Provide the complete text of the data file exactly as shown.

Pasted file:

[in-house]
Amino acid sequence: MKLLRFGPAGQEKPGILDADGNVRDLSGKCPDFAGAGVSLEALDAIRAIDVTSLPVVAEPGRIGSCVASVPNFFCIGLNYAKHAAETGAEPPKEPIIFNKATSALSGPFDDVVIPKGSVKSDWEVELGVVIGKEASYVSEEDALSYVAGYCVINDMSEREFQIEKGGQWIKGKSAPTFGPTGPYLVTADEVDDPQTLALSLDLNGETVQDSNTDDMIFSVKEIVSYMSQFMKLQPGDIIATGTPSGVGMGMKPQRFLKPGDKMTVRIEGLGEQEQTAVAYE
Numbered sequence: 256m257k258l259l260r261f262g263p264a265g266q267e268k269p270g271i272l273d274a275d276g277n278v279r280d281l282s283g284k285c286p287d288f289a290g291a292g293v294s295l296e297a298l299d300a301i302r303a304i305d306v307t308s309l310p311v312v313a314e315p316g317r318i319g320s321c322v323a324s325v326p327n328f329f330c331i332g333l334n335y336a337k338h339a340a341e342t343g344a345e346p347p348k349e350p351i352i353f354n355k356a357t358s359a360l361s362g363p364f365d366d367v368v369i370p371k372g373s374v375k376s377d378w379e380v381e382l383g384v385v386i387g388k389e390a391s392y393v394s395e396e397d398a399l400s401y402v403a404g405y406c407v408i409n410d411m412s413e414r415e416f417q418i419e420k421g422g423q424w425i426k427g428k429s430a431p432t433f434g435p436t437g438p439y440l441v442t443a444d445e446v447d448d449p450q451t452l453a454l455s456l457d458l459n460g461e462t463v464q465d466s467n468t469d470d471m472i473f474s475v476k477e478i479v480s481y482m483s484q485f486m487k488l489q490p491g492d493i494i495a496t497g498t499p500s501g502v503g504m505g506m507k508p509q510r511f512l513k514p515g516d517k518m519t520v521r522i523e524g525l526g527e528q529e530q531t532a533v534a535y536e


[in-house]
Amino acid sequence: MKLLRFGPAGQEKPGILDADGNVRDLSGKCPDFAGAGVSLEALDAIRAIDVTSLPVVAEPGRIGSCVASVPNFFCIGLNYAKHAAETGAEPPKEPIIFNKATSALSGPFDDVVIPKGSVKSDWEVELGVVIGKEASYVSEEDALSYVAGYCVINDMSEREFQIEKGGQWIKGKSAPTFGPTGPYLVTADEVDDPQTLALSLDLNGETVQDSNTDDMIFSVKEIVSYMSQFMKLQPGDIIATGTPSGVGMGMKPQRFLKPGDKMTVRIEGLGEQEQTAVAYE
Numbered sequence: 256m257k258l259l260r261f262g263p264a265g266q267e268k269p270g271i272l273d274a275d276g277n278v279r280d281l282s283g284k285c286p287d288f289a290g291a292g293v294s295l296e297a298l299d300a301i302r303a304i305d306v307t308s309l310p311v312v313a314e315p316g317r318i319g320s321c322v323a324s325v326p327n328f329f330c331i332g333l334n335y336a337k338h339a340a341e342t343g344a345e346p347p348k349e350p351i352i353f354n355k356a357t358s359a360l361s362g363p364f365d366d367v368v369i370p371k372g373s374v375k376s377d378w379e380v381e382l383g384v385v386i387g388k389e390a391s392y393v394s395e396e397d398a399l400s401y402v403a404g405y406c407v408i409n410d411m412s413e414r415e416f417q418i419e420k421g422g423q424w425i426k427g428k429s430a431p432t433f434g435p436t437g438p439y440l441v442t443a444d445e446v447d448d449p450q451t452l453a454l455s456l457d458l459n460g461e462t463v464q465d466s467n468t469d470d471m472i473f474s475v476k477e478i479v480s481y482m483s484q485f486m487k488l489q490p491g492d493i494i495a496t497g498t499p500s501g502v503g504m505g506m507k508p509q510r511f512l513k514p515g516d517k518m519t520v521r522i523e524g525l526g527e528q529e530q531t532a533v534a535y536e